You don’t even have to be a believer for these words to make a difference in your life.  In fact, when we first read them or hear them, we are not believers.

At some point, we become believers.

Hebrews 4:12 becomes a reality.

God’s word penetrates our hearts.  We come to realize that the road we are traveling and the ways we have mapped out for ourselves, or the road we are following that other people have told us to follow are not producing happiness, contentment, peace, joy, and satisfaction with life.

When we read the Bible, we are not just reading the history of how God created the heavens and the earth, but we are reading about how God remained involved in that history, through prophets, priests, and kings.  Ultimately, he became involved in our history in a personal, intimate way, by coming to this world in the flesh, in the person of Jesus.

God left heaven and joined the human race.  Why would God do that?

When I am lost, and I am finally smart enough to ask for directions, sometimes a person will give me some directions, and when they are finished he or she will say, “You got it?”

Sometimes I’m too embarrassed to say, “No, that was confusing.  Can you say it one more time?”

I let pride get in the way.  l get back on the road, and I get lost again.

There have been times when I’ve asked for directions, and the person will say, “You know, I’m going that way.  Why don’t you follow me?  It’s just easier if I show you.”

Of course, it takes some trust to follow, but that’s nice to follow someone that knows the way.

That’s precisely what God eventually did.  God just came down here and said through Jesus, “Just follow me.”

“Follow me,” was one of Jesus’ favorite lines when he was gathering his disciples.  Later, when he was telling people the kind of life they should live and the kind of path they should take, he said that “If anyone would come after me, let him deny himself and take up his cross and follow me.”  (Matthew 16:24).

One of the reasons the Bible is so important is that it leads us to Jesus, and Jesus leads us to abundant life and heaven. 

After Jesus rose from the dead, he was walking on a road from Jerusalem to a nearby village called Emmaus with two people who did not recognize him.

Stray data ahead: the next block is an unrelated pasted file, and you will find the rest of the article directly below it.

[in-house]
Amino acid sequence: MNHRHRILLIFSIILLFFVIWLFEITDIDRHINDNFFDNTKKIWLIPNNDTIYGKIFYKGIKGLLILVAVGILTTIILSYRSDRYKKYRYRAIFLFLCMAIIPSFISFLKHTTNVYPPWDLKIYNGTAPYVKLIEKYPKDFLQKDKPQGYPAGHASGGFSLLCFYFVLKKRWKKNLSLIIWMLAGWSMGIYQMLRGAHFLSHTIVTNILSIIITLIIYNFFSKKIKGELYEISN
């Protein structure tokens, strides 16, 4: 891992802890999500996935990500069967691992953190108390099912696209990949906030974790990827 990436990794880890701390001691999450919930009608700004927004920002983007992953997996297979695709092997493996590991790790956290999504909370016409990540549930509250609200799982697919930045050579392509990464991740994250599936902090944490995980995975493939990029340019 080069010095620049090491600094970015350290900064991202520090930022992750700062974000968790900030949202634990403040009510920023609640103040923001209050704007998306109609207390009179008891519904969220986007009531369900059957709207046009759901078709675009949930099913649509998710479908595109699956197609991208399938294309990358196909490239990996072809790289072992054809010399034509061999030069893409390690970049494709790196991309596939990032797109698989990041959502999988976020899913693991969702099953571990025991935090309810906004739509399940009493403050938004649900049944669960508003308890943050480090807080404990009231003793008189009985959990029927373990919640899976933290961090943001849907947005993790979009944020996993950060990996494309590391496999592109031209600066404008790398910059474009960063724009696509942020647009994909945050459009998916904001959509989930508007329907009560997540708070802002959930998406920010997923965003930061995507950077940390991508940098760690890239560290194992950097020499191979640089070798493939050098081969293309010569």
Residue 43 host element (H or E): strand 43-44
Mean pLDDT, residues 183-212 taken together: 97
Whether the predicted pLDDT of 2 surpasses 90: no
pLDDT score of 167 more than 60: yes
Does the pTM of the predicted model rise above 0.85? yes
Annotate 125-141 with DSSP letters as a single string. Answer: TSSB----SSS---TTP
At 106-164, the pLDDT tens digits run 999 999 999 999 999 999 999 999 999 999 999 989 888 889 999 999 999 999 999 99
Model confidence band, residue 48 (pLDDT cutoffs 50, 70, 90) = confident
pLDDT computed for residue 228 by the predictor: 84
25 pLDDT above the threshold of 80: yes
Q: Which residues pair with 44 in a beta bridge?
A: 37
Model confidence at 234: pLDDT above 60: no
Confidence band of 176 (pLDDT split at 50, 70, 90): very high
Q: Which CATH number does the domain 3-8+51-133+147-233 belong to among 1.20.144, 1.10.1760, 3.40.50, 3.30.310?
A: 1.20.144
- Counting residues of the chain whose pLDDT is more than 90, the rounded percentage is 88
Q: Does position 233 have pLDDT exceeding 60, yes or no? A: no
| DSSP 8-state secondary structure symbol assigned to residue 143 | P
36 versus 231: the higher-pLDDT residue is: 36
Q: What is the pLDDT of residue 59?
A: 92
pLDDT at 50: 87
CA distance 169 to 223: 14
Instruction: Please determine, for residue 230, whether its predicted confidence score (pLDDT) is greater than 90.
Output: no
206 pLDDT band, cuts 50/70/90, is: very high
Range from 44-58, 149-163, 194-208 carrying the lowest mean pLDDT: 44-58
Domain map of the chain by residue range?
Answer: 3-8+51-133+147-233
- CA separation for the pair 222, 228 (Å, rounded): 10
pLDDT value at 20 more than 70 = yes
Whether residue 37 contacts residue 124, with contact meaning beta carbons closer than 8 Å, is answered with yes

I love the part where it says “beginning with Moses and all the Prophets, he explained to them what was said in all the Scriptures concerning himself.”

Don’t you see?  Jesus understood that the Scriptures, the ones we now call the Old Testament was HIStory.

Jesus became such an important figure to all of history that two thousand years ago when calendars began to be marked in some distinctive way, His Story became the standard for dividing all of time.

Anything that happened before the birth of Jesus was noted as B.C. “Before Christ.”  Anything that happened after the birth of Jesus was noted as A.D., the abbreviation for “Anno Domini,” in the year of our Lord.

Jesus entered history in the fullness of time. Then Jesus rewrote history.

Jesus rewrote history by conquering death.  Because Jesus conquered death, not only can we have faith that the roads he tells us to travel in this life are reliable, but we can have faith that Jesus knows the way to heaven, and we can follow him there as well.

If you are not opening your Bible and following God’s word, wouldn’t you say that’s what you are doing, trying to get to heaven on your own?

Maybe we could simplify it say, that you are just trying to solve today’s problems on your own when all along God has a map you can use for every situation.

If you are not opening your Bible and following God’s word, it’s time to admit that you are like a lot of people who are too prideful to ask directions.

I is right in the middle of pride.  Let’s change that today.  Commit to God that you will reach for Him by reaching for the Bible regularly, a road map that “God-breathed and is useful for teaching, rebuking, correcting and training in righteousness, 17 so that the servant of God[a] may be thoroughly equipped for every good work.”  (2 Timothy 3:16-17)